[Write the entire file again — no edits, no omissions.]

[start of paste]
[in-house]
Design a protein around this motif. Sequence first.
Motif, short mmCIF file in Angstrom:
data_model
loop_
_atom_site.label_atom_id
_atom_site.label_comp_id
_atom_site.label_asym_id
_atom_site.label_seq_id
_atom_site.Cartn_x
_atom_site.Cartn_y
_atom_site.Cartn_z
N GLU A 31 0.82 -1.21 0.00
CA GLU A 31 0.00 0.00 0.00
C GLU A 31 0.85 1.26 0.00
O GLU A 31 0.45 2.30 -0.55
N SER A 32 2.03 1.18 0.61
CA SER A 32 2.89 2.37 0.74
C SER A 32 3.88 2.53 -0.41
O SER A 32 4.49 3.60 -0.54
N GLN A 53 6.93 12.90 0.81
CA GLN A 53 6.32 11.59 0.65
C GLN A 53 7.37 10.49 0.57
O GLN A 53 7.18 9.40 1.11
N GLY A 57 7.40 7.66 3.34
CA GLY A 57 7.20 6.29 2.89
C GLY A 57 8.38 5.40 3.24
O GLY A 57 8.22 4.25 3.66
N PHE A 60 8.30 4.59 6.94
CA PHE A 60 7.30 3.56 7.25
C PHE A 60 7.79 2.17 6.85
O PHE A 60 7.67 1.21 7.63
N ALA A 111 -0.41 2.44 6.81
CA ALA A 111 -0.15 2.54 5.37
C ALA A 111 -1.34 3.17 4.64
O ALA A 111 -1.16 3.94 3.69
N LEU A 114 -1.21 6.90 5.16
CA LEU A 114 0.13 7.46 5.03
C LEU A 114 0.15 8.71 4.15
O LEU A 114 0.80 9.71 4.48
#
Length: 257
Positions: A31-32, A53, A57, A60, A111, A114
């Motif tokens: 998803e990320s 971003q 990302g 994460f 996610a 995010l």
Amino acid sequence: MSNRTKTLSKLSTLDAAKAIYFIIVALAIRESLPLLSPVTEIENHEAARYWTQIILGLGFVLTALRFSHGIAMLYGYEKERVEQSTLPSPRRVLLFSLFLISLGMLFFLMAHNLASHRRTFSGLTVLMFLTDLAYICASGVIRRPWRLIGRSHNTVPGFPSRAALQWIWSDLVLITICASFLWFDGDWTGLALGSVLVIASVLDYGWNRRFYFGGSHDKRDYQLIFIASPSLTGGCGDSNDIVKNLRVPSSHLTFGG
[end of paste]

[in-house]
Design a protein around this motif. Sequence first.
Motif, short mmCIF file in Angstrom:
data_model
loop_
_atom_site.label_atom_id
_atom_site.label_comp_id
_atom_site.label_asym_id
_atom_site.label_seq_id
_atom_site.Cartn_x
_atom_site.Cartn_y
_atom_site.Cartn_z
N GLU A 31 0.82 -1.21 0.00
CA GLU A 31 0.00 0.00 0.00
C GLU A 31 0.85 1.26 0.00
O GLU A 31 0.45 2.30 -0.55
N SER A 32 2.03 1.18 0.61
CA SER A 32 2.89 2.37 0.74
C SER A 32 3.88 2.53 -0.41
O SER A 32 4.49 3.60 -0.54
N GLN A 53 6.93 12.90 0.81
CA GLN A 53 6.32 11.59 0.65
C GLN A 53 7.37 10.49 0.57
O GLN A 53 7.18 9.40 1.11
N GLY A 57 7.40 7.66 3.34
CA GLY A 57 7.20 6.29 2.89
C GLY A 57 8.38 5.40 3.24
O GLY A 57 8.22 4.25 3.66
N PHE A 60 8.30 4.59 6.94
CA PHE A 60 7.30 3.56 7.25
C PHE A 60 7.79 2.17 6.85
O PHE A 60 7.67 1.21 7.63
N ALA A 111 -0.41 2.44 6.81
CA ALA A 111 -0.15 2.54 5.37
C ALA A 111 -1.34 3.17 4.64
O ALA A 111 -1.16 3.94 3.69
N LEU A 114 -1.21 6.90 5.16
CA LEU A 114 0.13 7.46 5.03
C LEU A 114 0.15 8.71 4.15
O LEU A 114 0.80 9.71 4.48
#
Length: 257
Positions: A31-32, A53, A57, A60, A111, A114
């Motif tokens: 998803e990320s 971003q 990302g 994460f 996610a 995010l």
Amino acid sequence: MSNRTKTLSKLSTLDAAKAIYFIIVALAIRESLPLLSPVTEIENHEAARYWTQIILGLGFVLTALRFSHGIAMLYGYEKERVEQSTLPSPRRVLLFSLFLISLGMLFFLMAHNLASHRRTFSGLTVLMFLTDLAYICASGVIRRPWRLIGRSHNTVPGFPSRAALQWIWSDLVLITICASFLWFDGDWTGLALGSVLVIASVLDYGWNRRFYFGGSHDKRDYQLIFIASPSLTGGCGDSNDIVKNLRVPSSHLTFGG